Thinking about retirement abroad? Before you make an offer on that can’t-miss beachfront property, you need to make sure that you’re familiar with FATCA—the Foreign Tax Compliance Reporting Act. FATCA was passed in 2010 and officially took effect on January 1, 2013, with various specific rules and regulations being rolled out throughout 2014. For American citizens and green card holders living abroad, FATCA has a number of implications, which it’s important to be aware of so that you can avoid getting into trouble with the IRS.
The Purpose of FATCA
FATCA was passed as part of the Hiring Incentives to Restore Employment (HIRE) Act. The goal was to prevent U.S. taxpayers from evading U.S. income taxes by investing in foreign accounts or holding offshore assets. FATCA strengthened reporting requirements for both individuals and foreign financial institutions (FFI) and imposes penalties for failing to comply with the regulation.
If you retire abroad, FATCA could make it difficult to open a bank account or obtain a mortgage.
What FATCA Means for Retirees Abroad
If you decide you want to spend your years of retirement or move abroad for another reason, you may find it more convenient to do some of your business with a local (non-U.S.) financial institution. If you hold assets with a FFI, you will be required to file a Form 8938 with your U.S. income tax return. Note: If your foreign financial assets total $50,000 or less at the end of the tax year, you are exempt from the reporting requirement that year.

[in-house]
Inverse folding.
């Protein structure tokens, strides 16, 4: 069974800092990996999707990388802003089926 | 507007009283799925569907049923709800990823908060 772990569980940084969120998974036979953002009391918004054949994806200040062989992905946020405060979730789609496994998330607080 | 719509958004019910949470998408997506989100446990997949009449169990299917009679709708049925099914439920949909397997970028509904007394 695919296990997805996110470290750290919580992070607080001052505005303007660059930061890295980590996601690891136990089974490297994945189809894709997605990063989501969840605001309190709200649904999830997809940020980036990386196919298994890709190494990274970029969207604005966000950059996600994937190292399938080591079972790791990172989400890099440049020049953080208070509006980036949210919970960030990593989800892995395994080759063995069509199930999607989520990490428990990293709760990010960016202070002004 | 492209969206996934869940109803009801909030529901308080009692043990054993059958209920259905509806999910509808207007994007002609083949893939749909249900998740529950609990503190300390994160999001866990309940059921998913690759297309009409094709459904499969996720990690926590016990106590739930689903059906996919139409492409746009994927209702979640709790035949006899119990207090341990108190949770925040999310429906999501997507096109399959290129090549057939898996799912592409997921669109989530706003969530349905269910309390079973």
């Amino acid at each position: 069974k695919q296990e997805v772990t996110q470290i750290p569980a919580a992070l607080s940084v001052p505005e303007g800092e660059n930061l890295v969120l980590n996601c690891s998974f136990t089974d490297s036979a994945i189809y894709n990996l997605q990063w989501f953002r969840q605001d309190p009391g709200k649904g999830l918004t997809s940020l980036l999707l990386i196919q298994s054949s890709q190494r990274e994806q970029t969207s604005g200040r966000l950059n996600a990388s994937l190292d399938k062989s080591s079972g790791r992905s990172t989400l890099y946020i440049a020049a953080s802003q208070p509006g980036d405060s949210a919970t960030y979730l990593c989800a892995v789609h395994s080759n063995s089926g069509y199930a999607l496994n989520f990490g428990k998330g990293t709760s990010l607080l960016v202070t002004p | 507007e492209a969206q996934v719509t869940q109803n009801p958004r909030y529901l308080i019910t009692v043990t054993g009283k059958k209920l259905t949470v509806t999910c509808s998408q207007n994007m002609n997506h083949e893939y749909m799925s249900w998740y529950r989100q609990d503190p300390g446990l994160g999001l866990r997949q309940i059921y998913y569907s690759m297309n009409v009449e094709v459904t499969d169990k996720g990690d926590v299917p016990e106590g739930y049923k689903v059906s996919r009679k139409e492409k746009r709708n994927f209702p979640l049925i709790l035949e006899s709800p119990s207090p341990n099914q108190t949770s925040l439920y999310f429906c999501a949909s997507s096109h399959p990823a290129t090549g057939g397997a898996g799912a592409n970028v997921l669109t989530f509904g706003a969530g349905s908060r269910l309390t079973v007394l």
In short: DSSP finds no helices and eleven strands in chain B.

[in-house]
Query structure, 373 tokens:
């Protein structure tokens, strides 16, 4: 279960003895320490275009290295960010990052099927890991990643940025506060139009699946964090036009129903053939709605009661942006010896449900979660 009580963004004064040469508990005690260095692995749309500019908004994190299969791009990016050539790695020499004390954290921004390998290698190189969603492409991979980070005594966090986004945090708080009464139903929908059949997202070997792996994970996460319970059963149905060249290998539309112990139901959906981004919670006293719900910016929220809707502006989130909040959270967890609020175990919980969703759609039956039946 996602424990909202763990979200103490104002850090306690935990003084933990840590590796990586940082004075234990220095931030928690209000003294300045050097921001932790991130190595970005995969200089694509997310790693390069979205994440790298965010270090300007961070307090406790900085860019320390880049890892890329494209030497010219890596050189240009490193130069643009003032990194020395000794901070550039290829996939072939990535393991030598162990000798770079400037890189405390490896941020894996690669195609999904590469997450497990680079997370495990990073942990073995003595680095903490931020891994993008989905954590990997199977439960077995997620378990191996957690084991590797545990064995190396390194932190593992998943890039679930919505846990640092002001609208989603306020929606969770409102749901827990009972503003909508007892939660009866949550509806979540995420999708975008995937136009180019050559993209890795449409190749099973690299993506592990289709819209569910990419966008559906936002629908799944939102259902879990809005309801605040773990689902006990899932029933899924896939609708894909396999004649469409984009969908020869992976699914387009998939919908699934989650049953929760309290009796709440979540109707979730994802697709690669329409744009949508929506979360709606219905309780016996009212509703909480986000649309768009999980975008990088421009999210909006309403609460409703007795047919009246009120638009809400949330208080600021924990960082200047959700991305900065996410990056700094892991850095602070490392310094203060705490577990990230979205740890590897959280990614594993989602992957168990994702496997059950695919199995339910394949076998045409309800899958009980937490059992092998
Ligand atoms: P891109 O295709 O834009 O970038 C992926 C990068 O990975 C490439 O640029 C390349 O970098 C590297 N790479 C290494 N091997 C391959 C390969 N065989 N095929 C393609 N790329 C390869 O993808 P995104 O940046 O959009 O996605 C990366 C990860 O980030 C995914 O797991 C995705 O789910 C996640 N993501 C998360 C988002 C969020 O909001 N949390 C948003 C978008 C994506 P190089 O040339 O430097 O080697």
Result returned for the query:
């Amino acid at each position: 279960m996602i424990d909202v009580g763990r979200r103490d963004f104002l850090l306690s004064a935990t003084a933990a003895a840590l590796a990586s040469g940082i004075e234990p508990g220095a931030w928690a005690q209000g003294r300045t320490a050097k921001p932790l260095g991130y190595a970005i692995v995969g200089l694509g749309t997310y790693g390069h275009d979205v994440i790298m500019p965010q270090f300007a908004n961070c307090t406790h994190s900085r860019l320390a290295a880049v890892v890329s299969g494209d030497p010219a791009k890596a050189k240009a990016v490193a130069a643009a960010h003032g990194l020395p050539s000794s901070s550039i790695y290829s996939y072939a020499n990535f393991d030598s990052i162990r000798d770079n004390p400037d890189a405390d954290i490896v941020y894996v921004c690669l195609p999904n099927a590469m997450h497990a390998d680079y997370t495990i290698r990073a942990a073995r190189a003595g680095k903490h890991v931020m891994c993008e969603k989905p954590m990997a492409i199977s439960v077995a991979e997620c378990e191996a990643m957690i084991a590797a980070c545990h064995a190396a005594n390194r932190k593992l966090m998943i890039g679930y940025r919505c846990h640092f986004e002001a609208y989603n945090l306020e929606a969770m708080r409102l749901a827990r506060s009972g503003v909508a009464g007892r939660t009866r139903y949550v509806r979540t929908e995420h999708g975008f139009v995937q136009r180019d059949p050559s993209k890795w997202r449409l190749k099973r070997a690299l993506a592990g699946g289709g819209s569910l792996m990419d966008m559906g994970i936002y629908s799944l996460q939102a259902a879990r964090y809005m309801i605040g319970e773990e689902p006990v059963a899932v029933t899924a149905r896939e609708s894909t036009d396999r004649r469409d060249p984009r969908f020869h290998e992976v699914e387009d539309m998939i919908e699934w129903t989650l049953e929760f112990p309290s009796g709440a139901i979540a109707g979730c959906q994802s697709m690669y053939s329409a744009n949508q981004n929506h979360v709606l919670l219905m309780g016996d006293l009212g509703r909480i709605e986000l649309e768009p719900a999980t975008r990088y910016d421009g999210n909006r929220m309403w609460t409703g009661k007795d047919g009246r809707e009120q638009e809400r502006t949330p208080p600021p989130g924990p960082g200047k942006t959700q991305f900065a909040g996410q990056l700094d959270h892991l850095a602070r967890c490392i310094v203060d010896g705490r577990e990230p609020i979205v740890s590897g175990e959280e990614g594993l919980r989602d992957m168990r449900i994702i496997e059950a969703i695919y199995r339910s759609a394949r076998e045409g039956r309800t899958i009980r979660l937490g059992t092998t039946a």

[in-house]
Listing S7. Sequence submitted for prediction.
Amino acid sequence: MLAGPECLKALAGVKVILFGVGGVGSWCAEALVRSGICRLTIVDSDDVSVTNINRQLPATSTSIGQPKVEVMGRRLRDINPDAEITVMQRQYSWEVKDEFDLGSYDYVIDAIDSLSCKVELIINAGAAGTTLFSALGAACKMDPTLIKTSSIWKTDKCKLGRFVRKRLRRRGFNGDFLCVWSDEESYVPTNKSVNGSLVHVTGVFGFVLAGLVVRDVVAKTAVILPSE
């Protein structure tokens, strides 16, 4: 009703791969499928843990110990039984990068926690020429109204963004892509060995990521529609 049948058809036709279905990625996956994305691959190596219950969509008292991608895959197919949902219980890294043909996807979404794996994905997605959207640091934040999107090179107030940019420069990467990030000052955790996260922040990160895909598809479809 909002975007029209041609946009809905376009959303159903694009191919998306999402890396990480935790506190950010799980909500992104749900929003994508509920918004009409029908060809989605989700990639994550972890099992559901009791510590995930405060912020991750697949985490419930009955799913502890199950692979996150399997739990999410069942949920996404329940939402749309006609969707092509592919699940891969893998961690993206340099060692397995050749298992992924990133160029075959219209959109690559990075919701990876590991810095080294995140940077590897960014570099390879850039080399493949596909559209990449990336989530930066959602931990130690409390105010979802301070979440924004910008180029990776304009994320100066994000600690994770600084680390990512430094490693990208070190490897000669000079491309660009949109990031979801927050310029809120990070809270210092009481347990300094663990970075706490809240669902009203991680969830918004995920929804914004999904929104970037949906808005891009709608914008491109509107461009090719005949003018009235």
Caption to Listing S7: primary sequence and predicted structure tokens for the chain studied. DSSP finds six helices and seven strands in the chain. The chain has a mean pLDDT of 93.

FATCA also requires that FFIs report information on their U.S. taxpayer account holders to the IRS. Those who fail to provide this information could face a 30% withholding tax. Rather than deal with the headache of reporting information to the IRS, some foreign financial institutions are simply declining to work with U.S. taxpayer clients. However, may others have agreed to comply with the rules—more than 77,000 financial institutions will share information with the IRS, according to the Economist.
Of course, FATCA doesn’t just apply to Americans living abroad. If you hold a significant chunk of assets at a FFI, you’ll also be subject to reporting requirements and possible penalties, whether you live in Los Angeles or Lagos.
The FATCA Fallout
If your considering retirement abroad, FATCA could make it difficult to open a bank account, purchase insurance or obtain a mortgage in your new country of residence. Even if you can do business with a FFI, you may have to fill out additional paperwork and provide documentation so that the bank or other institution can provide accurate information to the IRS.
For some Americans abroad, particularly long-time expats who don’t intend to ever return to the U.S., FATCA has inspired them to give up their citizenship entirely. The number of U.S. citizens who renounced citizenship was nearly 3,000 in 2013, a 221% increase from 2012. But for many people, renouncing citizenship isn’t a viable or desirable option. These people will have to deal with the FATCA fallout.
What You Should Do
If you are considering retiring abroad, make sure you’re familiar with FATCA and any other tax issues that affect expats, like the Foreign Bank Account Report (FBAR). Don’t make the mistake of assuming that just because you don’t live in the U.S. you are exempt from paying U.S. income tax—that’s not the case. In fact, before you move abroad, it’s a good idea to talk to a financial advisor who is familiar with U.S. tax law and who has worked with expat retirees in the past (preferably in the country where you’ll be living). The extra work now may save you a bigger headache later.
By Chris Cooper, CFP®